“How Can You Help?” Ensign, Apr. 1976, 28
Learn to handle a wheelchair, to push it, put it away, etc.
Some stakes assign three people to work together as home teaching or visiting teaching companions, so that the two nonhandicapped persons can help their disabled companion with his wheelchair, etc.
Build doorways wide enough for wheelchairs and install ramps instead of all steps.
Encourage them to develop talents, participate in activities, and be independent.
Recognize that there are many degrees of blindness and adapt your help to what is needed.
Offer assistance only when needed. For example, read the menu to the blind person, but don’t order for him.
Let him take your hand or elbow or shoulder when walking with him; don’t grab him and shove him along.
Talk normally to him; don’t avoid “seeing” words and expressions such as “Look at this.”
Prepare him for unexpected hazards when walking with him, such as “The door opens out,” and “There is a small step here.”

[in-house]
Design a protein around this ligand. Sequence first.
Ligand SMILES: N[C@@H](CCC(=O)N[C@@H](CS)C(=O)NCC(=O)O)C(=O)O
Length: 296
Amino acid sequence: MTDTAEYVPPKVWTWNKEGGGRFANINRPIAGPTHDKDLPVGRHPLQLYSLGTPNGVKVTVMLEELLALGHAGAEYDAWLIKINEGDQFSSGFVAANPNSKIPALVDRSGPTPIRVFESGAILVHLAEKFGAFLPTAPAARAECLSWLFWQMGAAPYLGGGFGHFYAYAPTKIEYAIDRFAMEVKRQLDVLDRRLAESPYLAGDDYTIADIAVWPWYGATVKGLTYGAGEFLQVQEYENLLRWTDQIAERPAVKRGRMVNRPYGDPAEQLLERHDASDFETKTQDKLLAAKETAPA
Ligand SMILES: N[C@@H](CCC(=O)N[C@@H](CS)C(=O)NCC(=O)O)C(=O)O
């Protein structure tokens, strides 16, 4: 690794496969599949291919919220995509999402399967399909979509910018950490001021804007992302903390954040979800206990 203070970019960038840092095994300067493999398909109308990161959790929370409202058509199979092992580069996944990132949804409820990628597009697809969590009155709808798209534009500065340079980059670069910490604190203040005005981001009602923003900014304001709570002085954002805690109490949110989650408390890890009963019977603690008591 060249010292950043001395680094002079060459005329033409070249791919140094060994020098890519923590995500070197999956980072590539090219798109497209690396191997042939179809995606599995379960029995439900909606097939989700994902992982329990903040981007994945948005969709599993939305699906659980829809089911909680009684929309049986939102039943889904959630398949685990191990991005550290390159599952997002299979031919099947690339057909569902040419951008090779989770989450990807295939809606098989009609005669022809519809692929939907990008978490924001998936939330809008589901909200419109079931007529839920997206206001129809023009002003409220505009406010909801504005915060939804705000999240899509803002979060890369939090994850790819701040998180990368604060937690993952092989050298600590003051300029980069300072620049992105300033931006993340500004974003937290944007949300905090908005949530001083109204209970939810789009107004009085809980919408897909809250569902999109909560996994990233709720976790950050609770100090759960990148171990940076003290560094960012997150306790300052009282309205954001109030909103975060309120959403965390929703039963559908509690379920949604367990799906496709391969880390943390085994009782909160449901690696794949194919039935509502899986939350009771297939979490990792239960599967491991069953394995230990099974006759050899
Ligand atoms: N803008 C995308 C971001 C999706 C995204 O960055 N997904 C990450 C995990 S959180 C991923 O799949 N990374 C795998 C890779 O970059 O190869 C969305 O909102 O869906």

Recognize that there are many degrees of deafness ranging from the hard of hearing to those who have gone deaf to those who have never heard. Different problems require different kinds of assistance.
Speak distinctly, but avoid excessive “mouthing.”
Face them when speaking, with the light on your face if possible.
Encourage them to take part in oral recitation in classes.
Seat them in an appropriate place so they can hear better.
Ask questions to be sure they have understood what you said. Encourage them to ask questions when they don’t understand.
Learn sign and manual language if you have contact with a person who uses it.
Find ways of including them in conversations, cuing them in with such phrases as “We were talking about …” Ask for their opinions and comments.
Many persons with mental disabilities can learn a great deal. They have many of the same needs and interests of others their age.
Try to pair them with peers of greater ability in planning presentations or activities.
Praise them, give them opportunities to participate; utilize their strengths; accept them as they are.
Experiment with being blind, deaf, or paralyzed. Blindfold yourself for an afternoon or a day. Try riding around in a wheelchair.
Prepare your children for meeting the handicapped. Explain different handicaps to them frankly and clearly.
Volunteer to teach a handicapped person one of your skills, such as playing the piano, swimming, or knitting.
Remember that they also have all the other needs of human beings, such as a listening when they are discouraged.